14. Drohan, PJ, JL Havlin, JP Megonigal, HH Cheng (2010). The "Dig It!" Smithsonian Soils Exhibition: Lessons Learned and Goals for the Future. Soil Science Society of America Journal 74 (3): 697-705, doi:10.2136/sssaj2009.0017.
  15. Rabenhorst, MC, JP Megonigal and JK Keller (2010). Synthetic iron oxides for documenting sulfide in marsh pore water. Soil Science Society of America Journal. 74(4). doi:10.2136/sssaj2009.0435
  16. Keller, JK, AA Wolf, PB Weisenhorn, BG Drake and JP Megonigal (2009). Elevated CO2 affects porewater chemistry in a brackish marsh. Biogeochemistry 96:101-117. DOI: 10.1007/s10533-009-9347-3
  17. Whigham, DF, JTA Verhoeven, V Samarkin, JP Megonigal (2009). Responses of Avicennia germinans (Black mangrove) and the soil microbial community to nitrogen addition in a hypersaline wetland. Estuaries and Coasts. 32: 926-936.
  18. Fierer, N., KM Carney, MC Horner-Devine and JP Megonigal (2009). The biogeography of ammonia-oxidizing bacterial communities in soil. Microbial Ecology. 58:435-445. DOI 10.1007/s00248-009-9517-9
  19. Keller, JK, PB Weisenhorn and JP Megonigal (2009). Humic acids as electron acceptors in wetland decomposition. Soil Biology and Biochemistry. 41: 1518-1522.
  20. McKinley, DC, JC Romero, BA Hungate, BG Drake and JP Megonigal (2009). Long-term CO2 enrichment alters deep soil N availability in a scrub-oak ecosystem. Global Change Biology.  doi: 10.1111/j.1365-2486.2008.01836.x
  21. Megonigal, JP and SC Neubauer (2009). Biogeochemistry of tidal freshwater wetlands. Pages 535-563 in GME Perillo, E Wolanski, DR Cahoon, M Brinson (editors) Coastal Wetlands: An Integrated Ecosystem Approach. Elsevier, The Netherlands.
  22. Langley, JA, DC McKinley, AA Wolf, BA Hungate, BG Drake, JP Megonigal (2009). Priming depletes soil carbon and releases nitrogen in a scrub-oak ecosystem exposed to elevated CO2. Soil Biology and Biochemistry. 41: 54-60, doi:10.1016/j.soilbio.2008.09.016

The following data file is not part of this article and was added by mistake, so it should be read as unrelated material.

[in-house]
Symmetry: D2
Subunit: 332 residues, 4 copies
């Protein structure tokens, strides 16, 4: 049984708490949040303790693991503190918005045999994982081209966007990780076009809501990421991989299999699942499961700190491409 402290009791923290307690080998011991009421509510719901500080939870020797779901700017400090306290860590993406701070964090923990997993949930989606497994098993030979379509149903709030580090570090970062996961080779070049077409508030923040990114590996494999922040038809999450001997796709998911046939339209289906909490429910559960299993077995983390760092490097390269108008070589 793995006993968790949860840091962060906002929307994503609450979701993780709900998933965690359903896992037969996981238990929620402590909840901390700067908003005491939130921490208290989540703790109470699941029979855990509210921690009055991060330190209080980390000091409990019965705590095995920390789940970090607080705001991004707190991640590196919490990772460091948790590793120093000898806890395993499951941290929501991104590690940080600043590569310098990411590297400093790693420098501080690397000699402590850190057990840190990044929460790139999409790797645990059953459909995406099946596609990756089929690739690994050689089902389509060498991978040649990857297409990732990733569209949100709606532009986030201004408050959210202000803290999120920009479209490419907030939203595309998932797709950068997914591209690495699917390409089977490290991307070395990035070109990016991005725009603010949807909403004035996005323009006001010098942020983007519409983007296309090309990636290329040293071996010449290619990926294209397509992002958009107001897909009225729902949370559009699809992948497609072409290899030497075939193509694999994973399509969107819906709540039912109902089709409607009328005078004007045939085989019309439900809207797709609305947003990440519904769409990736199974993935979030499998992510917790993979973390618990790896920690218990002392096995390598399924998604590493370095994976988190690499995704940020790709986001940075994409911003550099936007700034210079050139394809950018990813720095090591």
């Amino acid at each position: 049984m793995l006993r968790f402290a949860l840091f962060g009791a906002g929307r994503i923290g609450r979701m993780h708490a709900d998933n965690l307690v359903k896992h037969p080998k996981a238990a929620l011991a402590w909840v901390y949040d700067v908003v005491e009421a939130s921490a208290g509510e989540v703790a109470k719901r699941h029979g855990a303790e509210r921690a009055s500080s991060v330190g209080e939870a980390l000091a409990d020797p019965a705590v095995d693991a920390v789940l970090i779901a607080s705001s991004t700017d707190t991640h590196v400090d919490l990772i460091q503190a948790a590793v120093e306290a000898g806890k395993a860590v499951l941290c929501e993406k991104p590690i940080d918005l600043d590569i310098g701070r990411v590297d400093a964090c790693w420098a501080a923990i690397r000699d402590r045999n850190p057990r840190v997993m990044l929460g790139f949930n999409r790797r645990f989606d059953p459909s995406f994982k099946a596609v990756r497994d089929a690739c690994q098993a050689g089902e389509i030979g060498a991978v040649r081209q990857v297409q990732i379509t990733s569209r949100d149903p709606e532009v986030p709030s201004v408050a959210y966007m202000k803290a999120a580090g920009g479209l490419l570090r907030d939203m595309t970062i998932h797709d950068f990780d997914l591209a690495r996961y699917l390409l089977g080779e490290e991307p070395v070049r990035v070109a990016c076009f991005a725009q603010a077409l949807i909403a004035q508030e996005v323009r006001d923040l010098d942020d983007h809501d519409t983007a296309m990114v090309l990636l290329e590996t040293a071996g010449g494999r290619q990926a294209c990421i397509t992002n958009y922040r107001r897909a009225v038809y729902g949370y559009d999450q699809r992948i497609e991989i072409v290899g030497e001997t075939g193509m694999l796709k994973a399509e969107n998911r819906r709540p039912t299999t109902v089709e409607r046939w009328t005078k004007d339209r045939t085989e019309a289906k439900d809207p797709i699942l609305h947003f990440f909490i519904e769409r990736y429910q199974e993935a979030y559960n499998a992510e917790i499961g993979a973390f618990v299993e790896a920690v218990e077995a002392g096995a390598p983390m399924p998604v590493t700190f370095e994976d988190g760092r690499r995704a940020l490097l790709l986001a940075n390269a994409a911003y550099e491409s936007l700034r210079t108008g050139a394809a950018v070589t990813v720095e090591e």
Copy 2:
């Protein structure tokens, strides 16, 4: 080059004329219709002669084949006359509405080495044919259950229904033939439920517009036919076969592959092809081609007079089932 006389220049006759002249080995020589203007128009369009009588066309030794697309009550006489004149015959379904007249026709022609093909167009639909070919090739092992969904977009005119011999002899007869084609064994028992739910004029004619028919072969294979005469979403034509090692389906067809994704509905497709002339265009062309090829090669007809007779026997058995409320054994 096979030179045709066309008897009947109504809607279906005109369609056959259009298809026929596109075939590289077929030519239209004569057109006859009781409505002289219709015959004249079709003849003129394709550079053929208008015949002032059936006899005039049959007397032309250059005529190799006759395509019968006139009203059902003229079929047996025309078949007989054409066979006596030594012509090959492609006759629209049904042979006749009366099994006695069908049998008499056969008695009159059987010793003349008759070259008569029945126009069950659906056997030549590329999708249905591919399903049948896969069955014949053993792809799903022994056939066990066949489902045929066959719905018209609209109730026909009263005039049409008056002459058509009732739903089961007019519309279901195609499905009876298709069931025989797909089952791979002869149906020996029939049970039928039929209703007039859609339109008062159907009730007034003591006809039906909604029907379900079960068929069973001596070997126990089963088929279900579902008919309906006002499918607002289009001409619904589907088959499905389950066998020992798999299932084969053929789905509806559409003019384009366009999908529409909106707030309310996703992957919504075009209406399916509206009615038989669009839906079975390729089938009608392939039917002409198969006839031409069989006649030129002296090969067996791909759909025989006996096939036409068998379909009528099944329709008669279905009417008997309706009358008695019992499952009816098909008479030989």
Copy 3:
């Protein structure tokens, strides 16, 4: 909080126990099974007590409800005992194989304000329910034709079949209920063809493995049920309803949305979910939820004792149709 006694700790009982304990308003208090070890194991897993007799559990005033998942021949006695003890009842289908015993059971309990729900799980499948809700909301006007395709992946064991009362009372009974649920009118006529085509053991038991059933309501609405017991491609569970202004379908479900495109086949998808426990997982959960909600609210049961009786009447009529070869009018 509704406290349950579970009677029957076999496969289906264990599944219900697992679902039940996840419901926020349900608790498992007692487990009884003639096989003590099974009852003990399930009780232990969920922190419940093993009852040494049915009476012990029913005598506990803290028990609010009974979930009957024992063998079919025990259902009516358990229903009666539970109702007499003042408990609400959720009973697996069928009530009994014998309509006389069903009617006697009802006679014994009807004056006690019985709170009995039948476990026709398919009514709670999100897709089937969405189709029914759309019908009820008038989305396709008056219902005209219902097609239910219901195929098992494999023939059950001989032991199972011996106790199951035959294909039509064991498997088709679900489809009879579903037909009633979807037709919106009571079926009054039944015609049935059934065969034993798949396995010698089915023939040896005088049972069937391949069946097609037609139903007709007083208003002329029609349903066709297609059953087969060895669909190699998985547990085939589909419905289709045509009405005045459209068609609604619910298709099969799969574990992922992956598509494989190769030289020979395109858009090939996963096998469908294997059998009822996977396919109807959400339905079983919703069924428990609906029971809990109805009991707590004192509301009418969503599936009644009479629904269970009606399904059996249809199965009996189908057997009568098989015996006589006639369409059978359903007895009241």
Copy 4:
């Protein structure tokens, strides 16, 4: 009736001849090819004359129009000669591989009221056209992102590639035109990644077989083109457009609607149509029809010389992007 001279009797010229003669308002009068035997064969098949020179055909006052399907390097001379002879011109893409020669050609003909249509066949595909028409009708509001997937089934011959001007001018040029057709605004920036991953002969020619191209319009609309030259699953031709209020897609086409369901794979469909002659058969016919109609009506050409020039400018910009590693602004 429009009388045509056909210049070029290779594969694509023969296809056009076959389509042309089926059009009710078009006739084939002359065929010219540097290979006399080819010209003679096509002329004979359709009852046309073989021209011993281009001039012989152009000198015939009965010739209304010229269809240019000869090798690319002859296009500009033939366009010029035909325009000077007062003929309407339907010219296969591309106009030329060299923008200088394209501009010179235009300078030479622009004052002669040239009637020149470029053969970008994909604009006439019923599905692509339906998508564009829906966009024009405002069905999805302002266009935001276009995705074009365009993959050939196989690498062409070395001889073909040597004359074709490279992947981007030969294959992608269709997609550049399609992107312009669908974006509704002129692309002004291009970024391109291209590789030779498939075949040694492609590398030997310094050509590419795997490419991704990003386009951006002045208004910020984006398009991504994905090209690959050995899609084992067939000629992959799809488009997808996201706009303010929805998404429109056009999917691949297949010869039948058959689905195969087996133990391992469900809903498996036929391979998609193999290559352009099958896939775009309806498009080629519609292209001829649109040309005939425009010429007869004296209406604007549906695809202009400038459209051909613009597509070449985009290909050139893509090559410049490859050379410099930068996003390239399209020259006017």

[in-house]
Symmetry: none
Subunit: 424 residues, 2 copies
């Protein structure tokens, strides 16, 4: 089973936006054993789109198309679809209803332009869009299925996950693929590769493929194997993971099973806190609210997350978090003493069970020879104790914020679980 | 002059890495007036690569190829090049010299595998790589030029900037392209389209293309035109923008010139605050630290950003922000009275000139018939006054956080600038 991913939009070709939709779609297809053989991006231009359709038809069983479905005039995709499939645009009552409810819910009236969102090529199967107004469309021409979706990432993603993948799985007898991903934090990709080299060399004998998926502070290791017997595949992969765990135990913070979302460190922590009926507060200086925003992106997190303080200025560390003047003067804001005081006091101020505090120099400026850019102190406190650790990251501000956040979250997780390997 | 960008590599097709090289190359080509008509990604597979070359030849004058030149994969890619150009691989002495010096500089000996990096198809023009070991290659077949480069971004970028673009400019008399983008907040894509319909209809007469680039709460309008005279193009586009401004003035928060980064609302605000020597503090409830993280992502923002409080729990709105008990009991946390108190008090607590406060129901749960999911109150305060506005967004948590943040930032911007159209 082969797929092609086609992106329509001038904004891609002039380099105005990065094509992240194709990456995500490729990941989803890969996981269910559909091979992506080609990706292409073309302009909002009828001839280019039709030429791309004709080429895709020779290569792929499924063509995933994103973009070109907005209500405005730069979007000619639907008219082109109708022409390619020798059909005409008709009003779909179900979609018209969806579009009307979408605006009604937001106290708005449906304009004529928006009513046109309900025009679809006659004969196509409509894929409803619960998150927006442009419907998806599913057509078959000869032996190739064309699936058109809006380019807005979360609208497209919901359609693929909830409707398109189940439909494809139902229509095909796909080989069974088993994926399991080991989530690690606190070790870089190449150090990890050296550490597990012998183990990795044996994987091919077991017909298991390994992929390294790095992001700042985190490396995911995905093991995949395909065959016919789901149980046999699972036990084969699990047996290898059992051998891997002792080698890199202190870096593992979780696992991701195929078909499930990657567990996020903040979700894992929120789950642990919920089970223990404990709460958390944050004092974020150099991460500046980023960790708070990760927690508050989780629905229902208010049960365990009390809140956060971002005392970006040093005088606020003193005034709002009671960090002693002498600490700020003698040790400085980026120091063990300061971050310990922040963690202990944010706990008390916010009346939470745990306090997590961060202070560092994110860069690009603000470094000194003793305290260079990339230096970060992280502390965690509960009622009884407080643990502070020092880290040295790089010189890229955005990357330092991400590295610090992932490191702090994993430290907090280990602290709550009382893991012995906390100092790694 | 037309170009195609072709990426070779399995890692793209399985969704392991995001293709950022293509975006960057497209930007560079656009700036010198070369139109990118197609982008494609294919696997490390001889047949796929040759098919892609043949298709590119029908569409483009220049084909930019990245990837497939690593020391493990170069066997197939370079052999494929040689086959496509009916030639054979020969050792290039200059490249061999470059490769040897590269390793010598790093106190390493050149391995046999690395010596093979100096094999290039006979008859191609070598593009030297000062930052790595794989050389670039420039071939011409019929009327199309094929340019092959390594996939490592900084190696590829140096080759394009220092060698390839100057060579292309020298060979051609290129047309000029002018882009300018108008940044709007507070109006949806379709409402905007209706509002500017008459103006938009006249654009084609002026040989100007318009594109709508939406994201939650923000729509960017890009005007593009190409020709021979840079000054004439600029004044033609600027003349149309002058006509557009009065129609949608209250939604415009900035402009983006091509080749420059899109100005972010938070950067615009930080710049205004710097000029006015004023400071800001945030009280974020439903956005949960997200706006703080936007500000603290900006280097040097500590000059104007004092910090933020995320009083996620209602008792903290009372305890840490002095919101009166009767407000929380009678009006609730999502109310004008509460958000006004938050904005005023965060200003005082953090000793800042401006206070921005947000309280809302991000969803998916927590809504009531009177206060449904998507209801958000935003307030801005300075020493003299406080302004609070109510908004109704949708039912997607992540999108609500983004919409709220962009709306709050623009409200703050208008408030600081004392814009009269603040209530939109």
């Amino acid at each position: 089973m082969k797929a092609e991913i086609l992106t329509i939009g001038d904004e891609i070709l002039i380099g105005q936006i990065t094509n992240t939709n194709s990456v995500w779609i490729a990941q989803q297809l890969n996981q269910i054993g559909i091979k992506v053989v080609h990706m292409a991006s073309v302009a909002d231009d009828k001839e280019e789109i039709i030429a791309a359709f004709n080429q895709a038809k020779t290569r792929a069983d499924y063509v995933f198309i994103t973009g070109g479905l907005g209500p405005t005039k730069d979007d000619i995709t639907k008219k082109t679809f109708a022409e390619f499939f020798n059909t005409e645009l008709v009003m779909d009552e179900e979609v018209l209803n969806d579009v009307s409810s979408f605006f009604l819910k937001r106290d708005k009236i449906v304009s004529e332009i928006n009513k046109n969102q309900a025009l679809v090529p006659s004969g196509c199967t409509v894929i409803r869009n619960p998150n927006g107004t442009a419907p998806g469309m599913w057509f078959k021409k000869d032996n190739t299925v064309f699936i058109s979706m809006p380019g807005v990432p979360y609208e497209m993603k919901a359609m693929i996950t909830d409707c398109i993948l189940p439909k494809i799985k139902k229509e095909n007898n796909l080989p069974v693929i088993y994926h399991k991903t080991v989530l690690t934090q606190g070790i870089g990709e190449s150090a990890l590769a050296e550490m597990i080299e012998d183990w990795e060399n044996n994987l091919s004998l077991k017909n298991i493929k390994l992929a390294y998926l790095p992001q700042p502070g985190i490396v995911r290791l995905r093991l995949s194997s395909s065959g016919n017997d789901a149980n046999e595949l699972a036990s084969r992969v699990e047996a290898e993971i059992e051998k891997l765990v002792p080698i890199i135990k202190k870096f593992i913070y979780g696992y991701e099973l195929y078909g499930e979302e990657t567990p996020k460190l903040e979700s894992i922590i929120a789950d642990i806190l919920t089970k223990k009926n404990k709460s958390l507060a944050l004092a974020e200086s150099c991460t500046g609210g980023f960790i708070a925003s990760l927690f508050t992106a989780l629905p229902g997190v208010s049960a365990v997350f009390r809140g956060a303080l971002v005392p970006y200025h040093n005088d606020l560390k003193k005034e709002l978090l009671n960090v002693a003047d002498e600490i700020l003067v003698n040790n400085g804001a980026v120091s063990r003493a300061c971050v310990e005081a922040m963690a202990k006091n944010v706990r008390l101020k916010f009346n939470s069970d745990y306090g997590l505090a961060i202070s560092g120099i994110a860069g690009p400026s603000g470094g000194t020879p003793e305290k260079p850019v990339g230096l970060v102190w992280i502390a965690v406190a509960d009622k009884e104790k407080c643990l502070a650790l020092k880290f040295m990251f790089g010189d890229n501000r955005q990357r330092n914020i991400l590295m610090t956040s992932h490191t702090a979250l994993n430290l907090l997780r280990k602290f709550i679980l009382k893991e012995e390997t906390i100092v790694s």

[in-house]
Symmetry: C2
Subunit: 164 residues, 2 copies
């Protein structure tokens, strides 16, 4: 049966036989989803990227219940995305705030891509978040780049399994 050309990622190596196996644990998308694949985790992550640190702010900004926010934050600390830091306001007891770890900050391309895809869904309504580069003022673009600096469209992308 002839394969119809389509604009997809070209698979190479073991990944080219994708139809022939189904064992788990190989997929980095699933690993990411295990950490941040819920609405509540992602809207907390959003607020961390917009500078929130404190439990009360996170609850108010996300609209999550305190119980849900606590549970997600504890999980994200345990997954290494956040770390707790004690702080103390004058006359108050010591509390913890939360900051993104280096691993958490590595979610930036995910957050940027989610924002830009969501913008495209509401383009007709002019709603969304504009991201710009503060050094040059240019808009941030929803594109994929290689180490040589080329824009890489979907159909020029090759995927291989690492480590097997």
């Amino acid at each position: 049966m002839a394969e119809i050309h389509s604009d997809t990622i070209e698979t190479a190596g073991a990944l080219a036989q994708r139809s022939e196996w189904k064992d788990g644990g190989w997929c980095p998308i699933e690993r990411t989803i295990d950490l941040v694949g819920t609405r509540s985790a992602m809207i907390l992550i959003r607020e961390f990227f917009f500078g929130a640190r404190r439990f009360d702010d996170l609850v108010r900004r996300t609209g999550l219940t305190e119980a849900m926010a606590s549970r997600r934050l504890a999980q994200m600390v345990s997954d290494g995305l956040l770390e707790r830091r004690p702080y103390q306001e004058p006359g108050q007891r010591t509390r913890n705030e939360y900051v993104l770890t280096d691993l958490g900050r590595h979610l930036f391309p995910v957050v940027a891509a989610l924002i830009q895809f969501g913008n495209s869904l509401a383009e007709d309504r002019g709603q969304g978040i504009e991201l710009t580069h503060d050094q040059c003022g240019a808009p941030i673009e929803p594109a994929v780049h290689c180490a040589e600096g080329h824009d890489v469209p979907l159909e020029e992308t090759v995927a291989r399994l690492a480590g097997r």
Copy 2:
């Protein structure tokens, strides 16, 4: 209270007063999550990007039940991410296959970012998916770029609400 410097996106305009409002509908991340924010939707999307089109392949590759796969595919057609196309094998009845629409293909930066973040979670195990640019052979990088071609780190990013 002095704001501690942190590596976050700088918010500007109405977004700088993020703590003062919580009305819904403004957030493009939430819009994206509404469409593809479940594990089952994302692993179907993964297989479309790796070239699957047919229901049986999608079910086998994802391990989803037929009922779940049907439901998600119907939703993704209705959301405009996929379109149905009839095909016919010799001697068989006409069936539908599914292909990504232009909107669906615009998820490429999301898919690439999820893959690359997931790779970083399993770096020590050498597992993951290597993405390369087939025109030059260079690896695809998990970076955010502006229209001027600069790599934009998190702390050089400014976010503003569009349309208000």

23. Neubauer, SC, D Emerson and JP Megonigal (2008). Microbial oxidation and reduction of iron in the root zone and influences on metal mobility. Pages 339-371 in A Violante, PM Huang, and GM Gadd (editors). Biophysico-Chemical Processes of Heavy Metals and Metalloids in Soil Environments. John Wiley & Sons, New Jersey, USA.
  24. Megonigal, JP (2008). Frontiers in Wetland Biogeochemistry. Archives of Agronomy and Soil Science 54(3): 237-238.
  25. Shufen, M, GW Luther, III, J Keller, AS Madison, E Metzger, JP Megonigal, D Emerson (2008). Solid-State Au/Hg Microelectrode for the Investigation of Fe and Mn Cycling in a Freshwater Wetland: Implications for Methane Production. Electroanalysis 20(3): 233-239.
  26. Megonigal, JP and AKT Guenther (2008). Methane emissions from upland forest soils and vegetation. Tree Physiology 28:491-498.
  27. Tzortziou, M, PJ Neale, CL Osburn, JP Megonigal, N Maie, and R Jaffé (2008). Tidal marshes as a source of optically and chemically distinctive colored dissolved organic matter in the Chesapeake Bay. Limnology and Oceanography. 53(1):148–159.

Current Synergistic Activities

  • Member: National Blue Ribbon Panel on Wetland Carbon Offsets
  • Member: U.S. National Committee for Soil Science of  the US National Academies
  • Curator of Dig It! The Secrets of Soils
  • Ecosystem Interactions Working Group of the US Global Change Research Program